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Use only the Best Painting Tools

Today, paintbrushes, paint rollers and painting equipment are manufactured to the highest standards and it pays to invest in the best quality.


The tools we use for painting and decorating have been around for quite some time, but it's only in the last 10 years or so that we have seen a drastic improvement in the quality and range of painting equipment available. Nowadays, the painting equipment you use should be all about making it easier and faster to do the job, while allowing you to achieve a professional finish.






Using the best paintbrush

It might seem a bit odd to talk about using only the best paintbrush for your painting project, after all, a paintbrush is a paintbrush, right?

- Economy Paintbrushes

Today, most paintbrushes have synthetic bristles, but only a quality paintbrush will offer “no-bristle-loss”. Even an economy paintbrush can be used not only to apply acrylic or PVA paints but also oil-based paints. These brushes can also be used on a variety of surfaces and easily cleaned.

You can buy them singly or in economy packs containing a range of sizes, but, ultimately, you get what you pay. I prefer to purchase economy packs of paintbrushes when I do paint jobs such as applying a sealer, oil or treatment to outdoor timber, where I'm not going to be bothered to go to the effort of cleaning the brushes with lacquer thinners.

Economy paintbrushes are perfect when you only plan on using the brush for a specific project, but these brushes do shed their bristles, especially after a few uses.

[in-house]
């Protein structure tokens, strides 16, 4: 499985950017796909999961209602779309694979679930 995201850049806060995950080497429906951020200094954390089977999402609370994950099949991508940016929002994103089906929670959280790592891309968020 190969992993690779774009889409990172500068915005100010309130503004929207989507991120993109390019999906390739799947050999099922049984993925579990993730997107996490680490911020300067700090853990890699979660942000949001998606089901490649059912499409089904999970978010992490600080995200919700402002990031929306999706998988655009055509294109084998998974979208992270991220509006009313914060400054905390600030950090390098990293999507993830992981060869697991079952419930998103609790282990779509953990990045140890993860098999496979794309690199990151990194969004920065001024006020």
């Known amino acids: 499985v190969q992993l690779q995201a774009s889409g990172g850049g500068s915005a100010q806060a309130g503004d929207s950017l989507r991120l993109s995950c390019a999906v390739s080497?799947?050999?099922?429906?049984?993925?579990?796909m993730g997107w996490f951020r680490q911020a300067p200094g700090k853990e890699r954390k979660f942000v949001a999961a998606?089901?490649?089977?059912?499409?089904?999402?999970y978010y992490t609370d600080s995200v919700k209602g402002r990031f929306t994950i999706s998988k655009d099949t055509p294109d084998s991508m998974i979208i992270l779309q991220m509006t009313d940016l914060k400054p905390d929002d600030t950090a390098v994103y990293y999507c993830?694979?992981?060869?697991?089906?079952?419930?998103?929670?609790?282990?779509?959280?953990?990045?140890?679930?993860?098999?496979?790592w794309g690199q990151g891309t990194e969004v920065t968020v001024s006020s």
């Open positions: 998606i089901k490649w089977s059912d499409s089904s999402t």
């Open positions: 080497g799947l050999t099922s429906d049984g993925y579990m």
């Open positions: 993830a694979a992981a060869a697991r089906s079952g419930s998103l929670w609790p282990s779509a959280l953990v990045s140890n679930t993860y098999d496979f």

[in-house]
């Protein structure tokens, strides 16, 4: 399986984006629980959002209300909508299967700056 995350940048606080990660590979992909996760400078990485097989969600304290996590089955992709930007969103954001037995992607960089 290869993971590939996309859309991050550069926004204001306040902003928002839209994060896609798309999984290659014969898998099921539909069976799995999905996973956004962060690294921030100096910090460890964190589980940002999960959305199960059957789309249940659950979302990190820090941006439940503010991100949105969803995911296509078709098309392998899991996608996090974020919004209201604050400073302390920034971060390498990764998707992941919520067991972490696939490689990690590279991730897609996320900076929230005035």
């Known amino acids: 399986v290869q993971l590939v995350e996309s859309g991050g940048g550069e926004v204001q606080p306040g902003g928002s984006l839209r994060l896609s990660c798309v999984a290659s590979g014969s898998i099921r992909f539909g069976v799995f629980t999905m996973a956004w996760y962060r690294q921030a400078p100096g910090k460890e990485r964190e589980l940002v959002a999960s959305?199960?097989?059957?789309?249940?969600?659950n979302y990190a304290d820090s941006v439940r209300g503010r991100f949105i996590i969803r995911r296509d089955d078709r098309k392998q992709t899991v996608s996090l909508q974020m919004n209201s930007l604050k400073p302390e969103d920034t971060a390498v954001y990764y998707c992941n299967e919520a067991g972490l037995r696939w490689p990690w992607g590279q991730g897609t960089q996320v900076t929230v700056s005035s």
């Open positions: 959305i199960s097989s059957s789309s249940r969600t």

- Quality Paintbrushes

Quality paintbrushes may be more expensive, but last longer and give a more professional finish - one that will not be marred by loose bristles. A quality brush also holds the paint better and makes painting easier, with fewer brush stokes on the finish.

Many quality paintbrushes come with a stainless steel ferrule that won't rust over time and this also helps to hold the bristles better, keeping their shape and form for longer. However, regular cleaning is necessary to keep them in good condition.

- Natural or synthetic bristles

While most brushes have synthetic bristles, when you need a good spreadability and fine finish, natural bristles will provide this.
If you are unsure about using natural or synthetic bristles for a painting project, most manufacturers will recommend the type of paintbrush to be used for applying a specific product - so read the manufacturer's guidelines on the tin.






Natural bristle brushes are often used with varnishes, oils, fibreglass, glues and resins. Ones with unpainted wooden handles are meant for resins and solvents that would dissolve any paint on the handles. Natural bristle brushes are the best for oil-based paints (but not latex paints, which need synthetic bristles).

- Size of paintbrush

The size of the paintbrush will be determined by the surface being painted, but you can use the below as a guideline to selecting the right paintbrush.

25mm width – For small jobs and touch-ups, as well as narrow trim or surfaces.

38mm width - Use for painting furniture, interior trim, window or door frames

50mm width - larger surface areas, including doors, tabletops, and cabinets

75mm width - large surface areas such as decking planks or floorboards, skirting boards or wide trim, fence posts


The next time you pop into your local Builders store in search of paintbrushes, take the time to browse what's on the shelf. Builders stock a wide selection of both economy and quality paintbrushes and you will want to select the best brush for your painting project.

If you are buying a quality paintbrush, look after it with regular and intensive cleaning and store with the bristles hanging down so that it keeps its shape. You only need dishwashing liquid and warm water to clean water-based paint products, or you can invest in a brush conditioner to extend the lifespan of your quality brushes.



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